This band from France released only one album in the late '70's - exactly 1979. The music on this single album is symphonic with a touch of Shylock and here and there Ange but less theatrical. Not very much to add just if you put the hand on this one you want regret it, at least i was very pleasent surprise when i bought this little gem from Musea. Great guitar parts from Franck Mamosa and some very intristing keys passages from Janusz Tokarz - in the same time smooth if the mood needed and very fluent and symphonic if the piece change in a more symphonic aproach. The album is maybe typical for french prog shcool from the late '70's and why not to some of the canadian prog bands from the same period (french part of the Canada) This single album worth to have in your collection, and only for Le Singe De La Vie , Le Chevalier and La Nature Vit, L'Homme Lui Critique the best pieces from here. The album has 2 bonus tracks that didn't make it on the album first time was released. So 4 stars for this unknown but in the same time intristing little gem from the late '70's.

Report this review (#181030)
Posted Friday, August 29, 2008 | Review Permalink
apps79
SPECIAL COLLABORATOR
Honorary Collaborator
3 stars Musea's reissue booklet provided great info about this second-wave French Prog band, found in 1974 in Meaux, near Paris, by bassist Patrick Wyrembski, his cousin Janusz Tokarz on keyboards and the cousin of Patrick's wife Laurent Delenne on flute, guitar and vocals.The line-up became complete with Franck Mamosa on guitar and Michel Rousseaux on drums, both played in a progressive combo named Rapace.They had a great live activity, passing the narrow Paris borders numerous times, but their future was somewhat held back, when Mamosa quit to focus on his studies in 1975.He was replaced by Philippe Bedos and later on by Patrice Boudot, but he returned in 1976.A single on the small Olivier label was released in 1977, selling about 6000 copies, and in 1978 the band booked the LSB Studios in Paris for one week to self-finance and record the debut ''La nature vit, l'homme lui critique...''.Only label interested in their work appeared to be the independent Oxygene and the album was eventually released in March 1979.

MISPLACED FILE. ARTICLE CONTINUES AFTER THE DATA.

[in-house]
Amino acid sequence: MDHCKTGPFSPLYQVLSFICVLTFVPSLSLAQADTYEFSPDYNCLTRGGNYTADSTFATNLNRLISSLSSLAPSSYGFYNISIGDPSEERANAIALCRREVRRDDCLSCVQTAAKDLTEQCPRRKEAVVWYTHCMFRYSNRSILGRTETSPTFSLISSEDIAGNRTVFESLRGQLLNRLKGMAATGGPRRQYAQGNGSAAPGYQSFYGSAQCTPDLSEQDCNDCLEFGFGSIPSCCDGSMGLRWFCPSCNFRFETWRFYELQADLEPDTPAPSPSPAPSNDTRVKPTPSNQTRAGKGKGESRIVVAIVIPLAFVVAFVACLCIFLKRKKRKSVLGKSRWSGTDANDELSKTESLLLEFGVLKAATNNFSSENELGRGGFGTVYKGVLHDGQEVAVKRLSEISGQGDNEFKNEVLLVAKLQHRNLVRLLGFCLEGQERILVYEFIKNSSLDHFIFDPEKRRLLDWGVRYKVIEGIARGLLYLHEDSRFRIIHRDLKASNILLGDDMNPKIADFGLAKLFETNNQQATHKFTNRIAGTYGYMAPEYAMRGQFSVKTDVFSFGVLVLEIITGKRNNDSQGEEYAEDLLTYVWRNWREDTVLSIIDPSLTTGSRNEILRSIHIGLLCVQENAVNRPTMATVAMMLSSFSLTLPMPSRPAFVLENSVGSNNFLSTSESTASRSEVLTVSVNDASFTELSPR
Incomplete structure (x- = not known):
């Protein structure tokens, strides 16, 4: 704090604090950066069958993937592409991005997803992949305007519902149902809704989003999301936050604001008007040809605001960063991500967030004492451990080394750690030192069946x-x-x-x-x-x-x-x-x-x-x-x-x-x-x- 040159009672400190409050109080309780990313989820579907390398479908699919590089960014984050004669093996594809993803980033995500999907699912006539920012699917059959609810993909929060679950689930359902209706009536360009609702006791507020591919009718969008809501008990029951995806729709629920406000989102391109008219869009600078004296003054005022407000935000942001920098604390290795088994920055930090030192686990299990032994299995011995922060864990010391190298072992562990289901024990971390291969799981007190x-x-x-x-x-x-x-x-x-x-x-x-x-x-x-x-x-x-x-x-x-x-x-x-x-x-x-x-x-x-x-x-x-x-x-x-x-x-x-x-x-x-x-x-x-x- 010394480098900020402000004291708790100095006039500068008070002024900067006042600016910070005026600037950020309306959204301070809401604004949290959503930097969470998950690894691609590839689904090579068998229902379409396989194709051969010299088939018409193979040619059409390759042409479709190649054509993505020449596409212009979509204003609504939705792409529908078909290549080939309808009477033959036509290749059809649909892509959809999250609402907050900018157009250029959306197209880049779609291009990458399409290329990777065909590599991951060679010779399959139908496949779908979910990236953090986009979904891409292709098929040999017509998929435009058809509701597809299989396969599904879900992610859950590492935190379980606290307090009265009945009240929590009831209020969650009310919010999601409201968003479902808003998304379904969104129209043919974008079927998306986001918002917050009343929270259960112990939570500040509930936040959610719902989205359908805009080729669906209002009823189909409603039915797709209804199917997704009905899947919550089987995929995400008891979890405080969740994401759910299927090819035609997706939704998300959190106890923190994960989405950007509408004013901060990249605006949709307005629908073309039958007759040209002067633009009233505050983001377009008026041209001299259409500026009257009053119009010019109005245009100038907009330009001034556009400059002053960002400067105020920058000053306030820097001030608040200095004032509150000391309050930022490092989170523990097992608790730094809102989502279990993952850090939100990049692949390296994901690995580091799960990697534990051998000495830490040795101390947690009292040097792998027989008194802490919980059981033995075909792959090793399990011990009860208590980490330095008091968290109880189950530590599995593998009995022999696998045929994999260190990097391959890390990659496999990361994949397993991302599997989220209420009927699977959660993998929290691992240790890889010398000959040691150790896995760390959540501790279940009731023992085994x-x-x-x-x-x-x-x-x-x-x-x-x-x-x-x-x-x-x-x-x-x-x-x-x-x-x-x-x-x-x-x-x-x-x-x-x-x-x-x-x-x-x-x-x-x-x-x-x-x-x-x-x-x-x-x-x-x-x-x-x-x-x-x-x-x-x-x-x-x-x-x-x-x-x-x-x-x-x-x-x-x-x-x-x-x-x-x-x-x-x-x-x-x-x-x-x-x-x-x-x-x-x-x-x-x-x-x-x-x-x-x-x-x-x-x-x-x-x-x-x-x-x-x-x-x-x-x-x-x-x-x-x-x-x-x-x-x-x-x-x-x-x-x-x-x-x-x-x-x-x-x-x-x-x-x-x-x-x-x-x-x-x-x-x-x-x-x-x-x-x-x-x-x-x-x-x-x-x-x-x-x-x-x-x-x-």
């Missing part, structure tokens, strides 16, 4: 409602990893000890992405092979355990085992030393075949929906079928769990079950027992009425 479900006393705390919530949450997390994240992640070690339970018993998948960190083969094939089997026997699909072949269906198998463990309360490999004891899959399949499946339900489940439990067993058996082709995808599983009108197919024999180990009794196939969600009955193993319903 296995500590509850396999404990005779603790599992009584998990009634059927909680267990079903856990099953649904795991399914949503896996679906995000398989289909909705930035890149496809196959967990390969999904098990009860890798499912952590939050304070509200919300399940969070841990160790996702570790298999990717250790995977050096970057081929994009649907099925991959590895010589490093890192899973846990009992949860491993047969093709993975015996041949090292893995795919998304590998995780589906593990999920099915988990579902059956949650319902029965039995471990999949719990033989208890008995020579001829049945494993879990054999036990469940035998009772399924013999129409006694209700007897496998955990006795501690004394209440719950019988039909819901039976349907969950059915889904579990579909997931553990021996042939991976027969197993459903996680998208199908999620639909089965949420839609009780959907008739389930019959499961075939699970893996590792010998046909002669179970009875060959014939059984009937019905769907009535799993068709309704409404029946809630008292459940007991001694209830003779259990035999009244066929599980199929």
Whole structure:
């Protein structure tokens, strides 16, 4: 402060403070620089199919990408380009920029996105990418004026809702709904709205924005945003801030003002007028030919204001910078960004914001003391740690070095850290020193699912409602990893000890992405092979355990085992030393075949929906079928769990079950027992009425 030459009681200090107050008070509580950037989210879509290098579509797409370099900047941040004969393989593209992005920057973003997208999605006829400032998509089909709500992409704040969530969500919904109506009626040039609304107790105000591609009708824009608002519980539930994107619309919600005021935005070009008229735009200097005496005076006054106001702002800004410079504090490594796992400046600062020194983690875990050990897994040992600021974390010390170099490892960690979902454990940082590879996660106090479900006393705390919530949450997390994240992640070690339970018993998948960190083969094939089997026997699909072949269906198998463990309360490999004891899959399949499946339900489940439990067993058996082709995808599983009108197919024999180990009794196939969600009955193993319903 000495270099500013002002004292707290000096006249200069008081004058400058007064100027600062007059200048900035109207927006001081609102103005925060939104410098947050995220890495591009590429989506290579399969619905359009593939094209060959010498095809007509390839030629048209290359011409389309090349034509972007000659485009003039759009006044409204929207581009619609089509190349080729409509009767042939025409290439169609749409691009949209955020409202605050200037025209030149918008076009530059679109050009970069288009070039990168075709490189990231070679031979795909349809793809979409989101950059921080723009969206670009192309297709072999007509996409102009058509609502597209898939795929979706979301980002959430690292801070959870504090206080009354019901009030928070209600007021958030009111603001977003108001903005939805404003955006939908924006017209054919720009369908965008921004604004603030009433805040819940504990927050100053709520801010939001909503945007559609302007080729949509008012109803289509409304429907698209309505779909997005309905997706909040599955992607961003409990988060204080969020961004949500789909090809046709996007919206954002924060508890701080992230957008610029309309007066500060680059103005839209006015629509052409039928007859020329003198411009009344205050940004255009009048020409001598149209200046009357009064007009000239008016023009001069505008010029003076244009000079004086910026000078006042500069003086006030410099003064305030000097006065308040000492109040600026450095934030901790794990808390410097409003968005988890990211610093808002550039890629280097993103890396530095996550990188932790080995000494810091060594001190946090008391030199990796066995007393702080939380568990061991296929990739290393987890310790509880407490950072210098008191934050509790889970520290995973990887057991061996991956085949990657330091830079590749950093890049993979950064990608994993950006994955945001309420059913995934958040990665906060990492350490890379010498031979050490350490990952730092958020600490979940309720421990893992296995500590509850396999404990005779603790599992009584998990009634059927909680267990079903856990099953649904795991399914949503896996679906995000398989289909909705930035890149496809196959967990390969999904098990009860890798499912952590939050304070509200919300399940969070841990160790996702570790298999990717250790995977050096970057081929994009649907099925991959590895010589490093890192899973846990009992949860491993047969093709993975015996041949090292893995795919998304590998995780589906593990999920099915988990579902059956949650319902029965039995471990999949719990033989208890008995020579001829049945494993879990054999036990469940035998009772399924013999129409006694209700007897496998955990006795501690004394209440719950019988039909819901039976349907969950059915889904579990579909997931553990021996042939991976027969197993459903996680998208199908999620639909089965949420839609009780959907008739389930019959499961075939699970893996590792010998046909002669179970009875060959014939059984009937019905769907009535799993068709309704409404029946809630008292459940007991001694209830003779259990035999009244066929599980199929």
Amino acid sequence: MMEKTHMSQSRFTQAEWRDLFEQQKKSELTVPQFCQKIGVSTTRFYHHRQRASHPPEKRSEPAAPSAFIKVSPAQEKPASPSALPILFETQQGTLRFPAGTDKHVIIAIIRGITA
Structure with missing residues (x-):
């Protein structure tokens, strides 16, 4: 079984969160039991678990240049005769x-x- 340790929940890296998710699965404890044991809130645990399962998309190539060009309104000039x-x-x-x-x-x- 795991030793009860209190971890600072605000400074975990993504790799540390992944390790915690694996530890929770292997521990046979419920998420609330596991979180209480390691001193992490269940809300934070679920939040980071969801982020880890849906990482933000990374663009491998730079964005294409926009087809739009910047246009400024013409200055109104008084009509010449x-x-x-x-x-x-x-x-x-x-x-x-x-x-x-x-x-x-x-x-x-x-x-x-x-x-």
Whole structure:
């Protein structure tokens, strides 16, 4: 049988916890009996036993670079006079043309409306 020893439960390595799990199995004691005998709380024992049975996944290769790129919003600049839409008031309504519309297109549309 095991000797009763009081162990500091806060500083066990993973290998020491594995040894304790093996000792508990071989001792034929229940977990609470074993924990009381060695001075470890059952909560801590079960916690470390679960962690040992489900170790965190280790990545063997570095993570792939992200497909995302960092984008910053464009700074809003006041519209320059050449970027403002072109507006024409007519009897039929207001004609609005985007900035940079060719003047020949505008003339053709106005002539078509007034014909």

Orion belong to the second-class bands from France appearing during the late-70's/early-80's and their music had much in common with the sound of OPALE, NUANCE, ONIRIS or GRIMME.Basically this is pretty laid-back Symphonic Rock with intense, French vocals and strong theatrical leanings in the singing lines, divided both in short and longer pieces, with smooth guitar and keyboard plays.They sound quite retro-styled, as ANGE and ATOLL seems to be their creative inspiration, but their style was rather updated to late-70's with the sharp use of synthesizers instead of more vintage keyboards.The compositions are characterized by some playful, soft interplays, typical French-styled vocals, atmospheric keyboard interludes and an attempt on providing some decent melodies.Not the best production or equipment around, the band reputedly worked hard for night and day during the limited time of the recordings and the result is an average mix of instruments, which affects the quality of the compositions.However there is some great stuff in this album with dramatic, instrumental textures, Classical flavors and satirical voices, the combination of which marks Orion as a pretty talented group.Some nice flute work is present unfortunately in rare moments compared to the band's only single, both tracks of which are included in the Musea reissue, and appears to dominate the music, which is still along the lines of French Symphonic Rock.

Decent Progressive Rock in the standard French tradition.Mediocre sound quality is an issue here, but the music is mostly nice, albeir rather unoriginal.Recommended, especially if you like the more theatrical side of French Prog.

Report this review (#1178465)
Posted Friday, May 23, 2014 | Review Permalink